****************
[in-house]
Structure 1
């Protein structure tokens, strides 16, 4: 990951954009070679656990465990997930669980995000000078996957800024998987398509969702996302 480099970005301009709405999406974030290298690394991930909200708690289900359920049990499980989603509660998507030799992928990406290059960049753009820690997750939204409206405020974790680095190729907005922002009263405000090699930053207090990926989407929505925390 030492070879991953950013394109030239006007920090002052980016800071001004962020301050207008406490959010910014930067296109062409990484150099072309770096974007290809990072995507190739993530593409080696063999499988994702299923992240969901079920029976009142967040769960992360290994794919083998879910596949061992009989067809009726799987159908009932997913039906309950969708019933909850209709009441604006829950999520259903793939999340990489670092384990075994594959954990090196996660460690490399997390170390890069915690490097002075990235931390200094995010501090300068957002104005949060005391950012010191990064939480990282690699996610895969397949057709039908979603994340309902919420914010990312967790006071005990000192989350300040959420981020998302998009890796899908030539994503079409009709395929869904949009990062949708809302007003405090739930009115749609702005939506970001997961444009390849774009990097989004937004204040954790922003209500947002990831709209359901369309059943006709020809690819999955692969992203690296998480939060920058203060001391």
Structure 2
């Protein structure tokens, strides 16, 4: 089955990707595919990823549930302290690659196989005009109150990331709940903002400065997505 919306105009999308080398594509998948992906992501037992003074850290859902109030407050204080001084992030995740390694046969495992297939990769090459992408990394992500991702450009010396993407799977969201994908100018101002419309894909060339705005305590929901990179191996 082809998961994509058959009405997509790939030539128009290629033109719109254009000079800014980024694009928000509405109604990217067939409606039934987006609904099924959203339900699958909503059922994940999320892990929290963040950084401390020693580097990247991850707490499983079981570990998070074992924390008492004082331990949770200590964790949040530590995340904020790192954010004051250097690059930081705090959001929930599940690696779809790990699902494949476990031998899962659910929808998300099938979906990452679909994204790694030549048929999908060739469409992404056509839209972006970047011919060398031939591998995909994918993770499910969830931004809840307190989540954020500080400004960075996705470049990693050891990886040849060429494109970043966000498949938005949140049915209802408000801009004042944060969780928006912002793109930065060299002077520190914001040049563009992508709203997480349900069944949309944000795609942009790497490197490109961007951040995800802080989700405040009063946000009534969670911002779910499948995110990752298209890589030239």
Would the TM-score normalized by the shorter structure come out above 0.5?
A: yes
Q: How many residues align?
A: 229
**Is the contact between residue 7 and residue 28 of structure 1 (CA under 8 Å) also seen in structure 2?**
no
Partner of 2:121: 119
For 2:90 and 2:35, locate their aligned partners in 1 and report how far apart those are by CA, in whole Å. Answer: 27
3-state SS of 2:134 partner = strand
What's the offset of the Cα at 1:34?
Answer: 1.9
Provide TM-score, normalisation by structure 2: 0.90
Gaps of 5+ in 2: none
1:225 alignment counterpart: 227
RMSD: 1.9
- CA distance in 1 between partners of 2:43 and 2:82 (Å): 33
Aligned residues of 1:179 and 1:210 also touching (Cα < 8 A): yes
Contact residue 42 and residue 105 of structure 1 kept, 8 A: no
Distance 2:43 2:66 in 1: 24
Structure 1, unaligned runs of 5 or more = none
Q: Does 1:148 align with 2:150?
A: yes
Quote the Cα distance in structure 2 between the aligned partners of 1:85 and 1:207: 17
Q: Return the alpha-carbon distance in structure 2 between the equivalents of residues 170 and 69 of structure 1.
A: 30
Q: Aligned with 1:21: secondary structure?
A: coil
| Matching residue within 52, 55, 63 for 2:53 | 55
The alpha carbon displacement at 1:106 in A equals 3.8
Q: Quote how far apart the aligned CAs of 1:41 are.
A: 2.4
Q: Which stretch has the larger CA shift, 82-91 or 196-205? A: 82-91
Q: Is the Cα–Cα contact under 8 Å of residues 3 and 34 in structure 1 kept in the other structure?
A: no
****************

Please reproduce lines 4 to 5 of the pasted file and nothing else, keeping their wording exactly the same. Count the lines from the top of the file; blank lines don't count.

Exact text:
Structure 2
């Protein structure tokens, strides 16, 4: 089955990707595919990823549930302290690659196989005009109150990331709940903002400065997505 919306105009999308080398594509998948992906992501037992003074850290859902109030407050204080001084992030995740390694046969495992297939990769090459992408990394992500991702450009010396993407799977969201994908100018101002419309894909060339705005305590929901990179191996 082809998961994509058959009405997509790939030539128009290629033109719109254009000079800014980024694009928000509405109604990217067939409606039934987006609904099924959203339900699958909503059922994940999320892990929290963040950084401390020693580097990247991850707490499983079981570990998070074992924390008492004082331990949770200590964790949040530590995340904020790192954010004051250097690059930081705090959001929930599940690696779809790990699902494949476990031998899962659910929808998300099938979906990452679909994204790694030549048929999908060739469409992404056509839209972006970047011919060398031939591998995909994918993770499910969830931004809840307190989540954020500080400004960075996705470049990693050891990886040849060429494109970043966000498949938005949140049915209802408000801009004042944060969780928006912002793109930065060299002077520190914001040049563009992508709203997480349900069944949309944000795609942009790497490197490109961007951040995800802080989700405040009063946000009534969670911002779910499948995110990752298209890589030239």